During the last week of winter break around 4 p.m. on Jan. 16, all of our phones and emails buzzed. The university alerted us about the attempted abduction of a female around the intersection of Ordean Court. When a friend told me, I really thought that there was a possibility she might have been kidnapped before reading my text message. Students, like myself, who pass Ordean Court almost everyday for school, know that the intersection is awkwardly placed. The curved roads makes it hard for students to tell whether or not a car is turning, pulling into a parking lot or just driving straight ahead. Sometimes the large school vehicles will also park on the side and deliver something or begin construction, so it is hard to tell whether or not the place looks suspicious at all. It probably didn’t look like anything out of the ordinary when a black SUV appeared around the area. The UMD Police reminded us in the email that we should practice personal safety. But aside from the cardinal rule our parents taught us — don’t enter a stranger’s car — what else can we do besides report a strange incident?
There is also something really careless about a lot of students (myself included) when they are walking to or from school. We don’t usually pay attention to anything like that: a van parked on the side of the road or circling around a cul-de-sac can seem harmless. We just see the path that takes us to our destination. Sometimes people don’t even look both ways when they are crossing the street, expecting drivers to always stop for pedestrians.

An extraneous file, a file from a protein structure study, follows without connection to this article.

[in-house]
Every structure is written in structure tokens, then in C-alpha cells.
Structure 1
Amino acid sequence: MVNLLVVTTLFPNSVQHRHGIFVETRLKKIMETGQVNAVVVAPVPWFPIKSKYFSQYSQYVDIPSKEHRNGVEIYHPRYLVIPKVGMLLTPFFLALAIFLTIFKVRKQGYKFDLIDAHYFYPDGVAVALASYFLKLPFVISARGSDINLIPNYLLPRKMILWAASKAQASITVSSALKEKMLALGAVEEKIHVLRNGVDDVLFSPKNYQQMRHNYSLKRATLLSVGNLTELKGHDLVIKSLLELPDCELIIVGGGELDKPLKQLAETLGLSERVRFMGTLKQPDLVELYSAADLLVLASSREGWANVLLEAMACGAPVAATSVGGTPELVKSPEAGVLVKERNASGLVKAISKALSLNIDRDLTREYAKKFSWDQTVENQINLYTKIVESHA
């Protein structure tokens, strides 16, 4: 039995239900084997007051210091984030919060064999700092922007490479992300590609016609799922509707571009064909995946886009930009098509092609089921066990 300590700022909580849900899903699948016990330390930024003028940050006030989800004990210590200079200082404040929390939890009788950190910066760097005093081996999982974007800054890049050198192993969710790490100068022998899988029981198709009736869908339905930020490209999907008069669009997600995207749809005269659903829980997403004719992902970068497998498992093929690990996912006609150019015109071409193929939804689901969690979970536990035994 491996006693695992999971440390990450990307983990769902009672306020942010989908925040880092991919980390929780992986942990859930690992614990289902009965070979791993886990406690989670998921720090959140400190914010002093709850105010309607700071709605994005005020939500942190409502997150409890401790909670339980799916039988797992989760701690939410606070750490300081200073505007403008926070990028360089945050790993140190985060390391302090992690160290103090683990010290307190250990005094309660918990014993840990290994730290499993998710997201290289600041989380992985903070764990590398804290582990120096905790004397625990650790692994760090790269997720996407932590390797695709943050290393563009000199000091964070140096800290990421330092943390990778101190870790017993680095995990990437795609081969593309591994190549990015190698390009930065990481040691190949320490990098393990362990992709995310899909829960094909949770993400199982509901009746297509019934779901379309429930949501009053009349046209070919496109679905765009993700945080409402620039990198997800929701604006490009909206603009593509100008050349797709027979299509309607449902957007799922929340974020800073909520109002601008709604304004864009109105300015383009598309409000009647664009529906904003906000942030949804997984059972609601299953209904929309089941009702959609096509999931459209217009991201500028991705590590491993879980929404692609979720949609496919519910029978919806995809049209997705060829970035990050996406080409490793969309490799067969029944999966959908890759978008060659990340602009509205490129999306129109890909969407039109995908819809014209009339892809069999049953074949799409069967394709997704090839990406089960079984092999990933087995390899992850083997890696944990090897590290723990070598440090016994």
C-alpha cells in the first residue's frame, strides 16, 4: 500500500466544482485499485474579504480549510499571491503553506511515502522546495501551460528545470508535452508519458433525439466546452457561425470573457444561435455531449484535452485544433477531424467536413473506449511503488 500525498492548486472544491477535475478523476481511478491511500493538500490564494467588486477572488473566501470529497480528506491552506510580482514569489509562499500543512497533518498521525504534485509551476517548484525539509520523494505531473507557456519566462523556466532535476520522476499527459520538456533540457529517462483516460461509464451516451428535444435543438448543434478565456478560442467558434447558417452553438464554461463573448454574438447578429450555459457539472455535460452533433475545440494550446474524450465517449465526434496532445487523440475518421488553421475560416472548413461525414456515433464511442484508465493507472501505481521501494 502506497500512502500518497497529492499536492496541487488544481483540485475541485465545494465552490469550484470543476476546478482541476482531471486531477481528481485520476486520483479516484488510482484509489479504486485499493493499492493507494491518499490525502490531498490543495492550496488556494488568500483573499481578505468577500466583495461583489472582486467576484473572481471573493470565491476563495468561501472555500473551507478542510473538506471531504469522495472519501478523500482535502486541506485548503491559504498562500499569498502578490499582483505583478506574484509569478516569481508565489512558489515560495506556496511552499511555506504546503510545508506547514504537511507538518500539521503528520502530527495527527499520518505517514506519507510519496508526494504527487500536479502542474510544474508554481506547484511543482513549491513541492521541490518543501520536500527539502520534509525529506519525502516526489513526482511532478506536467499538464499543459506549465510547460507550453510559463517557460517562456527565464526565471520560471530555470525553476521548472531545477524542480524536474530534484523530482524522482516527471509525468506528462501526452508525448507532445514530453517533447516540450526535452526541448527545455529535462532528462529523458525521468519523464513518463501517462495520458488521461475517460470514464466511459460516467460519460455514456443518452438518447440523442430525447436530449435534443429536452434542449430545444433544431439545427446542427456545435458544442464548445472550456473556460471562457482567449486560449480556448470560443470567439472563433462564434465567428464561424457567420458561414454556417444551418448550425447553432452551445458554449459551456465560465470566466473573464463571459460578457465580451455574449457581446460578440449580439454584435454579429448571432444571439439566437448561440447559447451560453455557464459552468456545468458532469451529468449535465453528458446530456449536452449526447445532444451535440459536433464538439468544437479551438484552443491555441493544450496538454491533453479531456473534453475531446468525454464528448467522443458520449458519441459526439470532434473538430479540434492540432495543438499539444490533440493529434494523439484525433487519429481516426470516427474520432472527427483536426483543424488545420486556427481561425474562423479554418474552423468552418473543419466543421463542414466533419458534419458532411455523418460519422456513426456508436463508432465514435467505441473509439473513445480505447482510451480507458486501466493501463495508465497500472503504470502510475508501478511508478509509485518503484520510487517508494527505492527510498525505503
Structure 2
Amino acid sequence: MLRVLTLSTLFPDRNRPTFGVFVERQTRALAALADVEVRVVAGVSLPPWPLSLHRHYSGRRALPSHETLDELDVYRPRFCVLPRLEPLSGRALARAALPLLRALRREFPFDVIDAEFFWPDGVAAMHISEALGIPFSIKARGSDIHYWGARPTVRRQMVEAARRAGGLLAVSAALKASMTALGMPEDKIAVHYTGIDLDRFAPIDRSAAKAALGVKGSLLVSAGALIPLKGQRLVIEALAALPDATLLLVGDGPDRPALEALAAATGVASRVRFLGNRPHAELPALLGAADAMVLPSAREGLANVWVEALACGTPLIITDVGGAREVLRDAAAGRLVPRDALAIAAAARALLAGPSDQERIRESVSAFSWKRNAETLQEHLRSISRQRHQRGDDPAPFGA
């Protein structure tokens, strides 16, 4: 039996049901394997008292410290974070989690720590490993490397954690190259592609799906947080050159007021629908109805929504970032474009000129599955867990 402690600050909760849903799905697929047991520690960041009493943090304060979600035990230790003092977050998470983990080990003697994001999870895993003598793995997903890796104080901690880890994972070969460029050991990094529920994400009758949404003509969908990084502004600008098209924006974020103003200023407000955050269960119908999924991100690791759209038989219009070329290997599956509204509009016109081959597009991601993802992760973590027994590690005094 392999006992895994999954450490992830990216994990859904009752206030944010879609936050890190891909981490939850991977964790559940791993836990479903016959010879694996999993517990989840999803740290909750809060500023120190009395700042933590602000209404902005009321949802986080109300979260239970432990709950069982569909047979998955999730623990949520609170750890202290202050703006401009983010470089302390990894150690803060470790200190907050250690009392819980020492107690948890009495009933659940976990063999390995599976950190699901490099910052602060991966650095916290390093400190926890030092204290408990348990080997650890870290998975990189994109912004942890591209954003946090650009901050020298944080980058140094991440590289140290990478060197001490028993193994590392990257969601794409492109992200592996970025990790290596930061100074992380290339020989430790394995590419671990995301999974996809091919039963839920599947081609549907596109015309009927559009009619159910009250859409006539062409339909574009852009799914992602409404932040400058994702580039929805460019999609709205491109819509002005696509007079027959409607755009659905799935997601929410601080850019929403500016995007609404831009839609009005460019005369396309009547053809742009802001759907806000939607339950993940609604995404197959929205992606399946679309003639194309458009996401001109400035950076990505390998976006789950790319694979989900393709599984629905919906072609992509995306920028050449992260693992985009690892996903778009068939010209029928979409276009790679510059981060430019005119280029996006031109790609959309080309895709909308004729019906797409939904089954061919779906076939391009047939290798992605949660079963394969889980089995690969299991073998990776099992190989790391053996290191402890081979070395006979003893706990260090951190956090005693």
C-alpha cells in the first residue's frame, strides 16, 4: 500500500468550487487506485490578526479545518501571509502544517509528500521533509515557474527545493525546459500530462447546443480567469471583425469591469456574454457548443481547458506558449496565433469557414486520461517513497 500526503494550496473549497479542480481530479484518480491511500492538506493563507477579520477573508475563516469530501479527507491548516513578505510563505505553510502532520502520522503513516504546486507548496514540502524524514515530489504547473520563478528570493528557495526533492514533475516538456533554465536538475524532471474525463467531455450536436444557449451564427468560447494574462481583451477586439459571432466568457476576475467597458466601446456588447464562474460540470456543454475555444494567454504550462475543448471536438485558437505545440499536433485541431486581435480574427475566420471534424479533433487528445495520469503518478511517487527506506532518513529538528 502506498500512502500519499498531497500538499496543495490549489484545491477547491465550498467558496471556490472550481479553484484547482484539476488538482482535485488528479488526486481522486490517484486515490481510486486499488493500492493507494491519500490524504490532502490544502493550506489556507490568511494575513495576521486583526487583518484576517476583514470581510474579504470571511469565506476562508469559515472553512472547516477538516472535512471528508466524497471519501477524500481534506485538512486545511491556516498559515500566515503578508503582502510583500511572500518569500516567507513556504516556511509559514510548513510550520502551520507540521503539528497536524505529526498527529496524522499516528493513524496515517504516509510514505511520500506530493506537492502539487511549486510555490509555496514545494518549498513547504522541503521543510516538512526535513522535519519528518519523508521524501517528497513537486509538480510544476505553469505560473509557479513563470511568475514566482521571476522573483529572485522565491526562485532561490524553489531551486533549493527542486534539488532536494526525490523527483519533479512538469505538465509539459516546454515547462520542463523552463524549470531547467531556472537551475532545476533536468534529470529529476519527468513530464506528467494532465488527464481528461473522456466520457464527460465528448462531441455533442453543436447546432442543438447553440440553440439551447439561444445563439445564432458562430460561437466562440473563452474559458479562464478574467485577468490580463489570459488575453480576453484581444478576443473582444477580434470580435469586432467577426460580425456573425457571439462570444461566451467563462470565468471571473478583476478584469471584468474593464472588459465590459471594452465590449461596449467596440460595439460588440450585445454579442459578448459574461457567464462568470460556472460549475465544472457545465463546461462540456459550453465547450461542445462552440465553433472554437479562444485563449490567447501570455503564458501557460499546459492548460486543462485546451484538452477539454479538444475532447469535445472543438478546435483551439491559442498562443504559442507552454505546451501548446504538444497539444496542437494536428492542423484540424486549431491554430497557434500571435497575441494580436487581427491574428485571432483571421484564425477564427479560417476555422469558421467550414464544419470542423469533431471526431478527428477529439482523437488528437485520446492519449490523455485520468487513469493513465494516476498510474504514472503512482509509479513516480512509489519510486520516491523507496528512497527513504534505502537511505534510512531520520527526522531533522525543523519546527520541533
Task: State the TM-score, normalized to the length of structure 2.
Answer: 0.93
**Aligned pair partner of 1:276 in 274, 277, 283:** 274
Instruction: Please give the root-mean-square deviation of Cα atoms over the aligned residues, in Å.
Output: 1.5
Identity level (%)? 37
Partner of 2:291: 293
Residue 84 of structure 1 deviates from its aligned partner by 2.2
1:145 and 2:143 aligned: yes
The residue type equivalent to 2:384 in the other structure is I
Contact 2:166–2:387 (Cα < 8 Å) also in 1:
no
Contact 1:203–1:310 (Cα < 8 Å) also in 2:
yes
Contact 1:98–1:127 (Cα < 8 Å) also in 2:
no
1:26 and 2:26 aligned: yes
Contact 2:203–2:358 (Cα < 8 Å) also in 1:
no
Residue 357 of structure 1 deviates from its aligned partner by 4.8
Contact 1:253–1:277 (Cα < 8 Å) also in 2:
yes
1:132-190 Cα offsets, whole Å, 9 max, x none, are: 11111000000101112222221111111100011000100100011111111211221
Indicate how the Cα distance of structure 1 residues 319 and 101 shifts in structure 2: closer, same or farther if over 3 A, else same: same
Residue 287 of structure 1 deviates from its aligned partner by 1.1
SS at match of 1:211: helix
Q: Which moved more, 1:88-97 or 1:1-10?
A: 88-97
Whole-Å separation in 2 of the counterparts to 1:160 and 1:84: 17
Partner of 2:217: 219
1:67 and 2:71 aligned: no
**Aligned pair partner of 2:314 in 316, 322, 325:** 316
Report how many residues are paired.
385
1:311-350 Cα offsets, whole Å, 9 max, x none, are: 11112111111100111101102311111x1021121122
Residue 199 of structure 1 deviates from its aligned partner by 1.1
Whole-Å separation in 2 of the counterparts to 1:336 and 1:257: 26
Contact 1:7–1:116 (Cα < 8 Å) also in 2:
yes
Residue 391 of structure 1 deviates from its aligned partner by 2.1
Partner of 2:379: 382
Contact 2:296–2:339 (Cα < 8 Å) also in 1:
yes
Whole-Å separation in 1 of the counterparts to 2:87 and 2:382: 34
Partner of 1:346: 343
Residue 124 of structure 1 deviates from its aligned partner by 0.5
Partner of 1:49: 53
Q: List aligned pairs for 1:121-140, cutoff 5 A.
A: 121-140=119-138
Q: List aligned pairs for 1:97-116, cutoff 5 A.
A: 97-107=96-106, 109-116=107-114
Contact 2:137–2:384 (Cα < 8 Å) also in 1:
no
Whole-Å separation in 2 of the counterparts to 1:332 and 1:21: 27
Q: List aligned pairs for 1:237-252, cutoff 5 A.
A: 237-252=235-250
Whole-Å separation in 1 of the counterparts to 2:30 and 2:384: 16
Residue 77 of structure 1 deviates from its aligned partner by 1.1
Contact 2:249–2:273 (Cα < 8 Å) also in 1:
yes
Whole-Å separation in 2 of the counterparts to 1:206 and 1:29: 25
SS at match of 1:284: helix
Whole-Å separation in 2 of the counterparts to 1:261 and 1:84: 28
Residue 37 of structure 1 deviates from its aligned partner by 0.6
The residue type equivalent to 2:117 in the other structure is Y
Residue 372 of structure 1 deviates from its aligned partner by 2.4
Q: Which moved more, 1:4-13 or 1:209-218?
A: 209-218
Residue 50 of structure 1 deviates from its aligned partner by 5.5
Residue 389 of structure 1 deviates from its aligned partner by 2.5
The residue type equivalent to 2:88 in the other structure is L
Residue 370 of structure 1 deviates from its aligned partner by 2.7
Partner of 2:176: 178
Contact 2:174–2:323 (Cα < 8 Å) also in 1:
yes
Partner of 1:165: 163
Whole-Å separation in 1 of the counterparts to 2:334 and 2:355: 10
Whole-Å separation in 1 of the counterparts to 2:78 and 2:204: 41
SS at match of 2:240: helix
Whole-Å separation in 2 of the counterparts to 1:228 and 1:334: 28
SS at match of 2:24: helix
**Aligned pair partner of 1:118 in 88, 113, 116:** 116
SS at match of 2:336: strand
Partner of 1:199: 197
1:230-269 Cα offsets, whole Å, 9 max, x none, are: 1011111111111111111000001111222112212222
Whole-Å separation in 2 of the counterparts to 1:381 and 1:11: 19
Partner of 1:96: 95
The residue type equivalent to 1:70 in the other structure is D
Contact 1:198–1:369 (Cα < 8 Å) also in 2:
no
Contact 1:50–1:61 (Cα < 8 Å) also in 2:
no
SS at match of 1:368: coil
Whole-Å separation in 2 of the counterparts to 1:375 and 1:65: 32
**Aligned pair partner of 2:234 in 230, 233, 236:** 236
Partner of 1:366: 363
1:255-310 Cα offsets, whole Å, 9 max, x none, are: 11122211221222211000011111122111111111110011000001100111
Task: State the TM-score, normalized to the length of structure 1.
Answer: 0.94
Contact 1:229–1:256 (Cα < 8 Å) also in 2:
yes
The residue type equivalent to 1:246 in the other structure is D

It’s not just at school that people don’t care. I see it downtown or at the mall — basically everywhere. Duluth is generally a small city and the wintertime keeps people inside so there is not much activity going on. The UMD campus is like a very small city within Duluth — the school is surrounded by student apartments and streets filled with off-campus housing. Most of our ‘threats’ are recapped in a fairly small column in the paper’s Crime Beat. Students are used to the low crime rate here and so it’s hard to know what to keep safe from.
Security sometimes roams the streets at night, but that’s mostly during events like homecoming when they know there can be rowdy activities. On any other day, the streets remain desolate when 10 p.m. hits. There are few people out walking, but even during the weekends the nights are quiet. It was a similar time last year when a girl who was heavily intoxicated froze outside because no one was there to open the door for her or see her waiting outside of the house. We get hyped up about issues like these where safety is concerned but unfortunately, people soon forget about it.
The streets of Minneapolis and St. Paul are not always a place of comfort at night. Having been in Duluth for almost 3 years now, I am relieved that the crime rate around our campus is low enough to feel comfortable walking home by myself at night. But the incident at Ordean Court did raise some awareness that even in the safest place, there should always be caution. The man who attempted to abduct this girl made no effort to hide in the dark and his confidence is a major wake-up call to all of us.
But the event was so confusing, because how can we respond to it? Students have an obligation to keep themselves safe, but their expectation of having a safe environment means that they won’t constantly be on alert. That can’t be wrong — it can only be reasonable to expect so much.
BY CINDY VU Columnist